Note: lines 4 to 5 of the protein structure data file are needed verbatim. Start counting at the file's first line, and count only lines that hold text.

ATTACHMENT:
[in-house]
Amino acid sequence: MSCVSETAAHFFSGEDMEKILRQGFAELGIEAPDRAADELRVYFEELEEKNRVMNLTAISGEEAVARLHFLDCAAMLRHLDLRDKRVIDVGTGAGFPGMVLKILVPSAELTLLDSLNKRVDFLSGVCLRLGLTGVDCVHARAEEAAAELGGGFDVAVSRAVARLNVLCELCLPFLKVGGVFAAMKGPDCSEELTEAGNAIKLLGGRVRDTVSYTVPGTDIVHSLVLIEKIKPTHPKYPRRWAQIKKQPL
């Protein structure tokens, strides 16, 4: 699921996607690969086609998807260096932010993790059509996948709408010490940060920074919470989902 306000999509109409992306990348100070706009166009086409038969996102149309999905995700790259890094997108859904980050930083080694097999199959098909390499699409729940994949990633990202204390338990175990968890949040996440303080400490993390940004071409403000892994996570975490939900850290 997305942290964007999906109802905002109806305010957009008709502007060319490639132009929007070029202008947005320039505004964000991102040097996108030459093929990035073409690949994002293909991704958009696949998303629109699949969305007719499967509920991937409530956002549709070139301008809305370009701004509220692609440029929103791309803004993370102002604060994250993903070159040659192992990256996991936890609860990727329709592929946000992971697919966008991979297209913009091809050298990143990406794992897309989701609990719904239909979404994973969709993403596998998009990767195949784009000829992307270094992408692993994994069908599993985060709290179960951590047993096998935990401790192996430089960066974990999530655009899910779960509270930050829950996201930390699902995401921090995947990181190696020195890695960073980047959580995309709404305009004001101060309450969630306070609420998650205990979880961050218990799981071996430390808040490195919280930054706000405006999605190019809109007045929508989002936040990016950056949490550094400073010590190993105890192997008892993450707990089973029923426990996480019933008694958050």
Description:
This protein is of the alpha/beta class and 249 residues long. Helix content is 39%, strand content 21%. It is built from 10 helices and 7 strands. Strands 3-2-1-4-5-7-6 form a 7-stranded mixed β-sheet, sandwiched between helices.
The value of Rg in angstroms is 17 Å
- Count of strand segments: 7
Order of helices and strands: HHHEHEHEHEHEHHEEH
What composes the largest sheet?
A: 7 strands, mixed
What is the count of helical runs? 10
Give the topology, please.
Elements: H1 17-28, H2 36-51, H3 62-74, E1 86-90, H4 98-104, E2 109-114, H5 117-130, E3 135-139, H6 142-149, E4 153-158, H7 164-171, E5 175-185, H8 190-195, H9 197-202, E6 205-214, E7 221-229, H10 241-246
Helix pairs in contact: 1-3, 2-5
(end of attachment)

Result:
Description:
This protein is of the alpha/beta class and 249 residues long. Helix content is 39%, strand content 21%. It is built from 10 helices and 7 strands. Strands 3-2-1-4-5-7-6 form a 7-stranded mixed β-sheet, sandwiched between helices.